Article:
That June, three Italians named the Vannis come to Black Hawk from Kansas City to teach dancing. They set up a temporary dancing pavilion in town, and a dancing frenzy ensues. Ántonia and the other "hired girls" love the pavilion, which is, as Jim notes, "a place where the girls could wear their new dresses, and where one could laugh aloud without being reproached." They dance freely with the sons of wealthier families.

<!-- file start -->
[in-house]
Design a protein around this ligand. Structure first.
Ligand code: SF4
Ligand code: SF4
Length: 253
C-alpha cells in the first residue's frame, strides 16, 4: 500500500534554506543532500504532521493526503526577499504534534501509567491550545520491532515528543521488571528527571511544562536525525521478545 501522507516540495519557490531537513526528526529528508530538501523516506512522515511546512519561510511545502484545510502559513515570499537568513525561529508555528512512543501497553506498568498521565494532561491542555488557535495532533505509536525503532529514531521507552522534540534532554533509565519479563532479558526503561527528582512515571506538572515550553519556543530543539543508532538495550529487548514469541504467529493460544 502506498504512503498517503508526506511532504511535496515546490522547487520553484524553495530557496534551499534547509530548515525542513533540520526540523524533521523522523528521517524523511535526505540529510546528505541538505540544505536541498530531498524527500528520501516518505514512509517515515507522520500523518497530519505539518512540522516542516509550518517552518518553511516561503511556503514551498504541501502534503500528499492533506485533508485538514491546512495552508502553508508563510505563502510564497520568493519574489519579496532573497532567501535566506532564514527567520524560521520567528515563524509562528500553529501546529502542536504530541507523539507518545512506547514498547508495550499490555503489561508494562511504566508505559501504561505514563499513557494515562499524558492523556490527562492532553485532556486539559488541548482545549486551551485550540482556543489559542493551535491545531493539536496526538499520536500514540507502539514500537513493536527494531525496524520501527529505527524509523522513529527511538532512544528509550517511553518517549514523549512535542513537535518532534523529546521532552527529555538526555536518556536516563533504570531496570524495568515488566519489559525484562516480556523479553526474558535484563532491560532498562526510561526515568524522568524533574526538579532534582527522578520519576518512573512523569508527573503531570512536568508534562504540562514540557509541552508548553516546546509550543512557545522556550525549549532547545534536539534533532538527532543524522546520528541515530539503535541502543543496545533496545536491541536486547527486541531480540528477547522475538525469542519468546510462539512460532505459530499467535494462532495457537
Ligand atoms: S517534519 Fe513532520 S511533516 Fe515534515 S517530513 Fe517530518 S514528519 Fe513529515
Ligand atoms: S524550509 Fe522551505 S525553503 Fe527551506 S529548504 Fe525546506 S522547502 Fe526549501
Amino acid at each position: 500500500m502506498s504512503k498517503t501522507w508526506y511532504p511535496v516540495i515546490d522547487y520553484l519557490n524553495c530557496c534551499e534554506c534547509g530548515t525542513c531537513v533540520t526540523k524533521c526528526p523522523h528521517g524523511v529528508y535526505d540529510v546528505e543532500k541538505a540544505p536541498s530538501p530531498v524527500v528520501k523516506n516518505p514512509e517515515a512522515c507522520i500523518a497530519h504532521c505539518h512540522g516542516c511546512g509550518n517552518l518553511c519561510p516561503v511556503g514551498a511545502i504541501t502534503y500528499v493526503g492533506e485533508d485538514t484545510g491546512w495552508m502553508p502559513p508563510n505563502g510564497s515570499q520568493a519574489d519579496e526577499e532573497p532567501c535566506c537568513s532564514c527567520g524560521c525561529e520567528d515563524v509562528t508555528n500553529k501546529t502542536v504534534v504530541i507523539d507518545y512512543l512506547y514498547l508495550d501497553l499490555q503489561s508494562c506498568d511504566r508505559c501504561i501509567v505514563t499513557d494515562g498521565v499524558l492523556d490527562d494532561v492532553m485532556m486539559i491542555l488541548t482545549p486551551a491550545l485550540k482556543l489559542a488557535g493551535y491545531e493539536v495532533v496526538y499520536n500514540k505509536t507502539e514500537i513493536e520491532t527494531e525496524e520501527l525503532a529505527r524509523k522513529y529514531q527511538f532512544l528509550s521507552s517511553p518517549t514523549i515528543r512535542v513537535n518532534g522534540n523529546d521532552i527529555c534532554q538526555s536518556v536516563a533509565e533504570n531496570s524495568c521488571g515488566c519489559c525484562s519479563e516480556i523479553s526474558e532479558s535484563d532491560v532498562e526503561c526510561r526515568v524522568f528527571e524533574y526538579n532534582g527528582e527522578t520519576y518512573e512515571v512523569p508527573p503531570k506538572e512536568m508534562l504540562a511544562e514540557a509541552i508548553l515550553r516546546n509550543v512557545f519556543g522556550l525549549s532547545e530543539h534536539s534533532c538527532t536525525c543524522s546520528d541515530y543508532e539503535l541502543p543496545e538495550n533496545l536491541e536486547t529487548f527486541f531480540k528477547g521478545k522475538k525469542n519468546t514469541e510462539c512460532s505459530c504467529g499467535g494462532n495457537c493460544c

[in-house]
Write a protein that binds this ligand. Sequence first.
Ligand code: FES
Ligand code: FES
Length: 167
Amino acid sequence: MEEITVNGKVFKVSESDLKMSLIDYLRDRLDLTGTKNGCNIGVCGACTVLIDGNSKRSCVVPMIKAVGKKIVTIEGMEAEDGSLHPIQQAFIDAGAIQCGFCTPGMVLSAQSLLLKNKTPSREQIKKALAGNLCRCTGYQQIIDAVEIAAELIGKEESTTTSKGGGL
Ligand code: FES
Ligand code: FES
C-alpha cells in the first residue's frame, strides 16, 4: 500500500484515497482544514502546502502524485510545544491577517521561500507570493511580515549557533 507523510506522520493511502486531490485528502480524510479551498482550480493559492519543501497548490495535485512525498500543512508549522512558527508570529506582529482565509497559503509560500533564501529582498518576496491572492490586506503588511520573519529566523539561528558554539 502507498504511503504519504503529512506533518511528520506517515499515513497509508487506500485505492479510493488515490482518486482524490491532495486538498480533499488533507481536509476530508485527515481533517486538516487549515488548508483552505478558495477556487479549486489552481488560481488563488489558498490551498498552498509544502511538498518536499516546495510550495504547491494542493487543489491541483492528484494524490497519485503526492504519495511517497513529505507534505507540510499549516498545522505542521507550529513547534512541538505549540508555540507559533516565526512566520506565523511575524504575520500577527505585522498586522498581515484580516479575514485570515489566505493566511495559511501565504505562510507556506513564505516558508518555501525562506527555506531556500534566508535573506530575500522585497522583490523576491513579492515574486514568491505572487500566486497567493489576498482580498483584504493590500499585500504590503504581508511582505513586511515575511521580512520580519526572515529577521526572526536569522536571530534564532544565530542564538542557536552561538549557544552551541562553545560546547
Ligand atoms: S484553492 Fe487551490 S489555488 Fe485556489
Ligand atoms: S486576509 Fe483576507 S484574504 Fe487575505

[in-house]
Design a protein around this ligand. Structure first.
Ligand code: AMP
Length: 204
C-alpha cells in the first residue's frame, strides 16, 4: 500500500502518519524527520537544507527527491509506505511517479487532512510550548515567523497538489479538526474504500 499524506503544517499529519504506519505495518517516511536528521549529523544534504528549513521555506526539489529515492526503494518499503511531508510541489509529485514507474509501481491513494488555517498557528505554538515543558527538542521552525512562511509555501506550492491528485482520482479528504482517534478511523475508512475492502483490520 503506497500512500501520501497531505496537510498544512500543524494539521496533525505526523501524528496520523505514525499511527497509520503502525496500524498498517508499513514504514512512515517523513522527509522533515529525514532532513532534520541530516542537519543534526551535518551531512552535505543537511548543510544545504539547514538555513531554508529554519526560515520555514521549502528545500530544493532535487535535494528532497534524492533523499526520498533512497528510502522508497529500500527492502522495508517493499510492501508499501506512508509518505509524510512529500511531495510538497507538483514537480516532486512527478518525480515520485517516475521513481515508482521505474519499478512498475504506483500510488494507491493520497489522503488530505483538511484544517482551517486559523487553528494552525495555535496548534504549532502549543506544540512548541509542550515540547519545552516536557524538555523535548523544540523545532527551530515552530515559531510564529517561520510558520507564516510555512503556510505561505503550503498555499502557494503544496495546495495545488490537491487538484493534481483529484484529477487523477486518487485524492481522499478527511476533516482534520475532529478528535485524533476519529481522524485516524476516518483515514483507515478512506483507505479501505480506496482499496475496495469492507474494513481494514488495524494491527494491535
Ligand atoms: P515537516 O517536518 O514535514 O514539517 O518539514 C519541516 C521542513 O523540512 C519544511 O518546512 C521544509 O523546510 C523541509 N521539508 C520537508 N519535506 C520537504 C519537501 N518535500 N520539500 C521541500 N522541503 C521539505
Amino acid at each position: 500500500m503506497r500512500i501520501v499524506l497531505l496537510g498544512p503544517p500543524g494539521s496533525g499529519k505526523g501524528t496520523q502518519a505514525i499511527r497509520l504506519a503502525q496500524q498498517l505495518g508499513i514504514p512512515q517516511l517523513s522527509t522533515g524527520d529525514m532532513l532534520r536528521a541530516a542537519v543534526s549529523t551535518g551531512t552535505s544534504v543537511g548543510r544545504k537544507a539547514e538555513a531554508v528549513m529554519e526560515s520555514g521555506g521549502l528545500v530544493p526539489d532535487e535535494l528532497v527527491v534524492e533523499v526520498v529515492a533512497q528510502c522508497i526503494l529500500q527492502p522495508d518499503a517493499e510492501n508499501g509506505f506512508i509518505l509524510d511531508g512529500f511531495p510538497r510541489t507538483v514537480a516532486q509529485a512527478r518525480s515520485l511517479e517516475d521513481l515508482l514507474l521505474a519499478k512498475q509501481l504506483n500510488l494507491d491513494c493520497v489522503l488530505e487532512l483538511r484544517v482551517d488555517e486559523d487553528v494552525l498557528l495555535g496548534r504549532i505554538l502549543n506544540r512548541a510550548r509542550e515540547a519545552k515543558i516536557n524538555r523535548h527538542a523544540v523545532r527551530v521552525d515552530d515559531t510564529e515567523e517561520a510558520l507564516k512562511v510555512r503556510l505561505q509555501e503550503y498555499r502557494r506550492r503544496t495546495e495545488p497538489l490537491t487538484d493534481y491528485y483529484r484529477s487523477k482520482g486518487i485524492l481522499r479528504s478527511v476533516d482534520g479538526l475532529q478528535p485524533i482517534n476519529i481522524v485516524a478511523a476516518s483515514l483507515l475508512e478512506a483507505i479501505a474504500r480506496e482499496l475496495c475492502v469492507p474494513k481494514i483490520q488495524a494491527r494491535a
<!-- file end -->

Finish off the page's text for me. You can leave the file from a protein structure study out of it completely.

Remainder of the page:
Inside the pavilion, the class differences between native-born Americans and immigrants that have characterized the novel are cast aside for the first time. The immigrant girls take advantage of this freedom to socialize with wealthy young men.